With Brother on His Side, Mohammadreza Geraei Hopes to Make Tokyo Special
Saturday, April 10, 2021 - 05:07 By Vinay Siwach
"He got it done in Nur-Sultan. I did it in Almaty. Now, we will do it in Tokyo."
Mohammadreza GERAEI (IRI) is a proud brother. Less than two years after his elder brother Mohammadali qualified Iran for the Tokyo Olympics at 77kg (GR) through the Nur-Sultan World Championships, the younger did the same at 67kg at the Asian Olympic Qualifiers in Almaty, Kazakhstan on Friday. Now, he is ready to capture the coveted medal alongside his brother come August in the Japanese capital.
"It's a pleasure and honor to go to the Olympics with my brother, and he can definitely help me develop and reach the goal of winning an Olympic medal," Geraei said. "Having him there is great as a partner, support system and teacher."
Mohammadali, popularly known as 'The Falcon,' is a two-time world medalist and has been one of the most consistent Iranian wrestlers in recent times.
The products of the famous Takhti Academy in Iran, the two brothers have been each others' motivators since childhood. Two of the three kids of the Geraeis, Mohammadreza has been following in the footsteps of his two-year elder brother Mohammadali, thanks to their father.
"I am very lucky to come from a wrestling family. My father pushed me into wrestling at a very young age," he says.
Wrestling since the age of 10, Geraei quickly became one of the best talents to come out of Iran. Not only he has qualified Iran for the Games, he won the gold medal later in the evening with 9-0 thrashing of two-time world champion and Korean legend Hansu RYU (KOR).
It was not the only technical superiority win for him on Friday, though. Geraei began his day just liked his finished, with a 9-0 win. Up against Sheroz OCHILOV (TJK) in the qualifying round, he completed a 52-second 8-0 win with two bodylock throws.
The quarterfinals were no different as he handed Ahmad Mahmoud Ahmed DAHSHAN (JOR) an 8-0 thrashing. With one step away from joining his brother in Tokyo, Geraei brought his best against Asian Championships bronze medalist ASHU (IND). After winning a point for Ashu's passivity, the Iranian made little work of the Indian with big throws taking two, four and two points.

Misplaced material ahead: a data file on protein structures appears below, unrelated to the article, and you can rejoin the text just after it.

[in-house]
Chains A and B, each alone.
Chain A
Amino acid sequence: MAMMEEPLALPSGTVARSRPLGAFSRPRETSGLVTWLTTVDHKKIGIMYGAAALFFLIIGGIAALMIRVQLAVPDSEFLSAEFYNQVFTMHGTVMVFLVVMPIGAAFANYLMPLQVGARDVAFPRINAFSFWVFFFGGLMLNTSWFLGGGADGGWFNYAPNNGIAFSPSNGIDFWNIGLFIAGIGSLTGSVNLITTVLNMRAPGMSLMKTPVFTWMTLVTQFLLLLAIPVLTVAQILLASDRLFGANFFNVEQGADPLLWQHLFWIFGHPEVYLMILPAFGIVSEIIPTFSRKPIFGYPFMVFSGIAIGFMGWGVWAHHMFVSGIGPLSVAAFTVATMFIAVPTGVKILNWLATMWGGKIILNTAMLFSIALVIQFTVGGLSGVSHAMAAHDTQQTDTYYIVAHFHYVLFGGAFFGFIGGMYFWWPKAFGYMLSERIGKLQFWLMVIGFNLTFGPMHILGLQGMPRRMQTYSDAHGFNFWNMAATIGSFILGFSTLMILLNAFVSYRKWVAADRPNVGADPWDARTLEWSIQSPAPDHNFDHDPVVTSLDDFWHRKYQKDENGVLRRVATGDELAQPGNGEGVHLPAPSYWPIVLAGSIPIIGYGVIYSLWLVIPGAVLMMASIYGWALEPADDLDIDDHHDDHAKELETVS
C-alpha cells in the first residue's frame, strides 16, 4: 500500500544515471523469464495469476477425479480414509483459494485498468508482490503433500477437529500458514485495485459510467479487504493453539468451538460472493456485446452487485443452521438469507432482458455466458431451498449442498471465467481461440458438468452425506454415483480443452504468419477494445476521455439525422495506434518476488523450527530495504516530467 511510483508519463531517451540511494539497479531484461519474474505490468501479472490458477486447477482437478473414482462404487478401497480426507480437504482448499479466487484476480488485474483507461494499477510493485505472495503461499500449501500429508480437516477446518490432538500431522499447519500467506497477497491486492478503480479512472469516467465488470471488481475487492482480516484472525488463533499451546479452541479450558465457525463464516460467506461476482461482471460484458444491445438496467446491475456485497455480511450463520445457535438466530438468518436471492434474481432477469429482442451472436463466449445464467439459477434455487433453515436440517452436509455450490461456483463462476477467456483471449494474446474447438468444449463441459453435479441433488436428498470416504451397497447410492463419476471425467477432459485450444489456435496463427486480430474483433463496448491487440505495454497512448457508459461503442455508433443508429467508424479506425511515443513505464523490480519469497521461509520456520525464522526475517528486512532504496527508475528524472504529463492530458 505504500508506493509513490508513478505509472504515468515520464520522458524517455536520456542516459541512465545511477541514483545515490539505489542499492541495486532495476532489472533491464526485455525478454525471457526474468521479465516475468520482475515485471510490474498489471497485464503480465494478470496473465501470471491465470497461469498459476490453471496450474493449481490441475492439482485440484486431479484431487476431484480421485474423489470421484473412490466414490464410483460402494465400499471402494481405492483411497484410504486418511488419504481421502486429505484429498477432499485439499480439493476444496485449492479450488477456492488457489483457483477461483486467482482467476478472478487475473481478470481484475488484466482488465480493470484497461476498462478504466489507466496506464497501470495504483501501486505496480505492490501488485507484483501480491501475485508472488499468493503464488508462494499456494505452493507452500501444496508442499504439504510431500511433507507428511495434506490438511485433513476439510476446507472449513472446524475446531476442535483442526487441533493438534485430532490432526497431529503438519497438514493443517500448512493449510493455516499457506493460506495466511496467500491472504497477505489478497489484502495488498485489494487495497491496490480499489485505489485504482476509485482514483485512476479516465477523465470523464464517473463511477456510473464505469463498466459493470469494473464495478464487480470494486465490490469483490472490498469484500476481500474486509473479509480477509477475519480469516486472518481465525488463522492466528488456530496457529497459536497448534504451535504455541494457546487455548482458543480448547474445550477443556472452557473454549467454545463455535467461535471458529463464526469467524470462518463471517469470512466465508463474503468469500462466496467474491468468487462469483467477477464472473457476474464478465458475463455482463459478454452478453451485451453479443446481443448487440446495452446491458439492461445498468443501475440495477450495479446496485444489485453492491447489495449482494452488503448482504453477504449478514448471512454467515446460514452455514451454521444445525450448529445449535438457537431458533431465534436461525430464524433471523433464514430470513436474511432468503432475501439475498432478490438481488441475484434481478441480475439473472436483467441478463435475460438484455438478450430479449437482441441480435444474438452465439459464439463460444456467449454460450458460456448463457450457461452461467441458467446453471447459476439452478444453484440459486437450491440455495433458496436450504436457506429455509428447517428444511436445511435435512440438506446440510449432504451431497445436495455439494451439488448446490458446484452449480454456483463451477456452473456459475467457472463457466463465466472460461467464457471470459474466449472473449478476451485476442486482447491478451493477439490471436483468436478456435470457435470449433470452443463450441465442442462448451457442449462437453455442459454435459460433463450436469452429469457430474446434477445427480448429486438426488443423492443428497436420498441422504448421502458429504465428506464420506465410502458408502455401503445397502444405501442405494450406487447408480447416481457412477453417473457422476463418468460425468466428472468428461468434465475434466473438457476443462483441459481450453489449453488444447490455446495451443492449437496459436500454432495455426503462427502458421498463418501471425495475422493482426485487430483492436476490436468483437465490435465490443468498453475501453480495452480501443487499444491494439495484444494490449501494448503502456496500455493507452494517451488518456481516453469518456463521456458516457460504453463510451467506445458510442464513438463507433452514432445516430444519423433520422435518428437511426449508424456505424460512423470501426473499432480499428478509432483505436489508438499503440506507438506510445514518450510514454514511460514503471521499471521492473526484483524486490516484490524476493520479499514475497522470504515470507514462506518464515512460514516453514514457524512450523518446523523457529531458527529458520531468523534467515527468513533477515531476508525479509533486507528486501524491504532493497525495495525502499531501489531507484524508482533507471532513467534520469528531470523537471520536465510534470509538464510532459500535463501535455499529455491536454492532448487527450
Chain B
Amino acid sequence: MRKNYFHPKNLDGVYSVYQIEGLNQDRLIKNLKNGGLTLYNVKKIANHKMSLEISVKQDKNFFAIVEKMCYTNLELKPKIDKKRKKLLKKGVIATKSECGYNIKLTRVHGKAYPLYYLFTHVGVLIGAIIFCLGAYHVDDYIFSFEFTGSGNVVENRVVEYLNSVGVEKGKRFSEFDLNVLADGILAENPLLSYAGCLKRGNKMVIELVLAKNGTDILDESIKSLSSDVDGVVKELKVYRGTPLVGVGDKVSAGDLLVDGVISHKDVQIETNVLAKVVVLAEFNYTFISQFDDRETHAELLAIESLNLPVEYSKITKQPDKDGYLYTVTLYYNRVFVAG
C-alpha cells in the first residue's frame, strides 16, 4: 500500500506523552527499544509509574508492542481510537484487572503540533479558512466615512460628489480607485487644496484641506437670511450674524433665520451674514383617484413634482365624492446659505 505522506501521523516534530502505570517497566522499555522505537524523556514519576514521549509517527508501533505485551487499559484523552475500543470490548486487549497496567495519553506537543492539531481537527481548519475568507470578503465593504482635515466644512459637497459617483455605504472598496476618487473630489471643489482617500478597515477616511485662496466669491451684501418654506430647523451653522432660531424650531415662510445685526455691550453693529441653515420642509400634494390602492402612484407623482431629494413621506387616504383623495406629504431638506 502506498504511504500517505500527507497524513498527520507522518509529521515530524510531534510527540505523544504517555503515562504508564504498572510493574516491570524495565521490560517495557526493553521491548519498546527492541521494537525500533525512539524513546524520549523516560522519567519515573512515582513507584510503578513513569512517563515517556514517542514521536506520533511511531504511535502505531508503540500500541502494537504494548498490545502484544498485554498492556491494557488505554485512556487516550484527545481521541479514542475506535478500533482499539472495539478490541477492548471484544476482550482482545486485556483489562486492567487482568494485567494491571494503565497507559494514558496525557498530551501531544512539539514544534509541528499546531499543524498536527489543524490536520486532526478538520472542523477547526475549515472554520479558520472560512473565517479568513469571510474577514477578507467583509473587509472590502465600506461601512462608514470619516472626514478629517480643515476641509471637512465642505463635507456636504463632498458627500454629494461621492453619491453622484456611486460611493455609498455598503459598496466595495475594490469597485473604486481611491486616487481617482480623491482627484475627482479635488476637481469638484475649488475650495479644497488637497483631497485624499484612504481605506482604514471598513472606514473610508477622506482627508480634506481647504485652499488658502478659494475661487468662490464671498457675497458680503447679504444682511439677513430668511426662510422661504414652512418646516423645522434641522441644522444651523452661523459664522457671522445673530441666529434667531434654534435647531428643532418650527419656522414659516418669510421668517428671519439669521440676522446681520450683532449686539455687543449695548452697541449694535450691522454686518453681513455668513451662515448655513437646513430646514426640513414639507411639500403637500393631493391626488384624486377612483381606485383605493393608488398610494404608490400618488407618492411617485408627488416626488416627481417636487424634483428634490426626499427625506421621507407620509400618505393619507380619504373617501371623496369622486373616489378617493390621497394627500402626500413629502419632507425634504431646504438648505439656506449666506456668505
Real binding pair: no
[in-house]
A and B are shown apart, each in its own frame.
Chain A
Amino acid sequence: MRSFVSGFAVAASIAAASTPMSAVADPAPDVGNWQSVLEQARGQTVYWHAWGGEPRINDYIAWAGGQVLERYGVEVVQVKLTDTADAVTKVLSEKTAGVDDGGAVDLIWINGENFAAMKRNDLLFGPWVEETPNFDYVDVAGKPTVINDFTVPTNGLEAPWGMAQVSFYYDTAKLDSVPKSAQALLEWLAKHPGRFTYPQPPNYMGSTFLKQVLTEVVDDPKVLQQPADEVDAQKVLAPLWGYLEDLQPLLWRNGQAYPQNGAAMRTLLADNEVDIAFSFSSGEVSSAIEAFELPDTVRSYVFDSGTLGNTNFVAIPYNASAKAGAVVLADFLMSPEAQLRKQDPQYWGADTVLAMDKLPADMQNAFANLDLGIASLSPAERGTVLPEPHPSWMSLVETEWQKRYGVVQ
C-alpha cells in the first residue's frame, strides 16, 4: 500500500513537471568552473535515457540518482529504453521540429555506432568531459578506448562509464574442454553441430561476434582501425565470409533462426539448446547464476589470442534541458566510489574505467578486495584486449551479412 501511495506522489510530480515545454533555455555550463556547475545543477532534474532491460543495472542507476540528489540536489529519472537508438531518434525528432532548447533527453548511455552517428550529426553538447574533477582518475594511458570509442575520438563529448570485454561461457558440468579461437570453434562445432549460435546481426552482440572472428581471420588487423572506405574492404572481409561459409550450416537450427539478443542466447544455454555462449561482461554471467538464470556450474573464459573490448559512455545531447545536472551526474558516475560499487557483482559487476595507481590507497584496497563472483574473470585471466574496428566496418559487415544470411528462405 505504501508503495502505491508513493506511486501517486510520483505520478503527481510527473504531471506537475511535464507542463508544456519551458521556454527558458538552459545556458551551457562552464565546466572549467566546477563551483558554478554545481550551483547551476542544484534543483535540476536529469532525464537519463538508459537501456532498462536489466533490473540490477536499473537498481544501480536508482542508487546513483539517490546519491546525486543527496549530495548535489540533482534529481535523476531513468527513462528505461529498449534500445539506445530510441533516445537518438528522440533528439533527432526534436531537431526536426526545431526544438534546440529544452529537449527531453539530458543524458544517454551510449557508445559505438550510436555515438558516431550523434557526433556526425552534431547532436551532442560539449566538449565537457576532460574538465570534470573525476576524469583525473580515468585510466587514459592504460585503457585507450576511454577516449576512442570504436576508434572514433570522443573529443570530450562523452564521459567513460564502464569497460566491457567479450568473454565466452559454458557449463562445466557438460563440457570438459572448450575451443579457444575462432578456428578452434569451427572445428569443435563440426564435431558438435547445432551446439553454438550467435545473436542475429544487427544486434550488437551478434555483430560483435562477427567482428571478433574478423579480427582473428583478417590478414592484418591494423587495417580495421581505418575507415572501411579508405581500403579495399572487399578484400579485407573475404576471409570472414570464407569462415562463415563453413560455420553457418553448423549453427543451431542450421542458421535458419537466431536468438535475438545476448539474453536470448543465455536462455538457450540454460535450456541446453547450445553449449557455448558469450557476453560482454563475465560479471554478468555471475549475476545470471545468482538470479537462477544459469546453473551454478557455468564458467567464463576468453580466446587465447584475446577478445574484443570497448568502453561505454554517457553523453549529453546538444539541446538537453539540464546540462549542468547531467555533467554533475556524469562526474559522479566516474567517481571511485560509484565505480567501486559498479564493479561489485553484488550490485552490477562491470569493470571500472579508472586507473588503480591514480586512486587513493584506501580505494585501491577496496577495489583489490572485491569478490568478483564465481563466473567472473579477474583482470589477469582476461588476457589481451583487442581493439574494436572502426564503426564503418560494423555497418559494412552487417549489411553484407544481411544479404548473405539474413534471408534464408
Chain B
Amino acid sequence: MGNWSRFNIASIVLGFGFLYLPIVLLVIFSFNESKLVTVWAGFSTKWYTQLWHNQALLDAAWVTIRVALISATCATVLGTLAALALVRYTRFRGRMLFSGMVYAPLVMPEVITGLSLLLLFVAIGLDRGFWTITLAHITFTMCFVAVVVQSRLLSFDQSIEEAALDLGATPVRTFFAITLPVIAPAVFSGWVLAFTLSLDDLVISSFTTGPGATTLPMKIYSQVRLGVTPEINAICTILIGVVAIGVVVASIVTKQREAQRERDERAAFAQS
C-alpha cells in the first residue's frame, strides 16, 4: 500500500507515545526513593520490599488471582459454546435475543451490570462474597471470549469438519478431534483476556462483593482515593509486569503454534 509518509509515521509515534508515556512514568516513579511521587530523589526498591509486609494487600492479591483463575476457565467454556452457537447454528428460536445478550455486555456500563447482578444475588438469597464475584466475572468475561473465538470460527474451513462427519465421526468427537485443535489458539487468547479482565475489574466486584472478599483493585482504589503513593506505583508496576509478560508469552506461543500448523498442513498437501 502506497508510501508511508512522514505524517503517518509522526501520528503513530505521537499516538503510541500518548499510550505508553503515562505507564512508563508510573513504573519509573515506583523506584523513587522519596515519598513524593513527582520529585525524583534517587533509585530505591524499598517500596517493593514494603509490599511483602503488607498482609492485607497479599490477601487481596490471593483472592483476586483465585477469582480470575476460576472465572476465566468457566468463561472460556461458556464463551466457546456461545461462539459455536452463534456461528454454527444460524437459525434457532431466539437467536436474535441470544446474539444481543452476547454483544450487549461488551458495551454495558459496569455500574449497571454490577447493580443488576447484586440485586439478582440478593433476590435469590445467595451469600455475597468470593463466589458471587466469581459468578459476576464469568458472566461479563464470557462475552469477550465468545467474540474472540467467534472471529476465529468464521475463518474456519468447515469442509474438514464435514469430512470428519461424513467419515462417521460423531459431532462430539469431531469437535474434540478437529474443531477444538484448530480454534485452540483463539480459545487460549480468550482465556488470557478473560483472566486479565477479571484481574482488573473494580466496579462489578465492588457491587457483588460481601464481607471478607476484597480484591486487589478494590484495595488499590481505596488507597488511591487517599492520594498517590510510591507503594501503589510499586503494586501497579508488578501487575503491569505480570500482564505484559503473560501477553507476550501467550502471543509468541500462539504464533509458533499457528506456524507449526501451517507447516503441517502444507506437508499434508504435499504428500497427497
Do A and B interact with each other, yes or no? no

"Everything worked for my benefit. I have been preparing for this and my body is prepared," he said. "I was able to achieve what I was training for and I will continue to do so."
Even after that, the '19 champion knew the task was still not finished. Facing the veteran Ryu in final, he went right after a reverse lift from the par terre position. Leading 5-0 lead at the break, he came back to hit another four-point throw and completed a 3-minute 45-second win at an empty Baluan Sholak Palace of Culture and Sports.
Born in the Shiraz city in southern Iran, Geraei was pushed into wrestling by his father to continue hia family's tradition.
"We are three brothers. Our development coach Rahim Givi is one of best who helped me a lot and my family always supported me," he says. "We were always committed to wrestling and there was little to no time for other things."
Despite a great base, Gereai found that success at the international stage was hard to come by. After a few wins at the junior level, he failed to claim the big medals. Even after regular participation, the medal at world level eluded him.
In 2019 he made the world take notice as he became the Asian champion at 72kg in Xi'an, China. In the same year, he became world champion. In an incredible run at the U23 World Championships in Budapest, Geraei handed defeats to two former age-group champions to claim the gold medal.
Just when things were looking up, life came to a standstill. A few weeks before the World Championships in Nur-Sultan when he was preparing to compete in the tournament, he injured his lower back. Despite all his efforts, he failed to be fit for the Championships.
"That is the worst moment of my career. I wanted to wrestle at the World Championships," he recalled. Then COVID-19 hit, derailing his plans to qualify for the Games in 2020.
Despite all the hardships, he kept himself motivated with the goal of going to the Olympics and remembering all the Iranian legends who had done it before. The two brothers had set up gym at their home in Shiraz. The two would even wrestle each other in a six-minute bout.
"We have never competed officially but we practice all the time," he said. "My brother always beats me. He is better than me but I keep on going after him."
Geraei now wants the friendly banter to turn into real-time motivation in Tokyo. It's not like the two brothers have not won medals at the same Games. In 2018, while Mohammadali won the gold medal at the 77kg category, the younger brother claimed the bronze medal at the 67kg weight category in Jakarta, Indonesia, Geraei went to claim the bronze medal.
While it was a special moment, Gereai thinks the best is yet to come.
"The best moment will be in Tokyo. Just wait"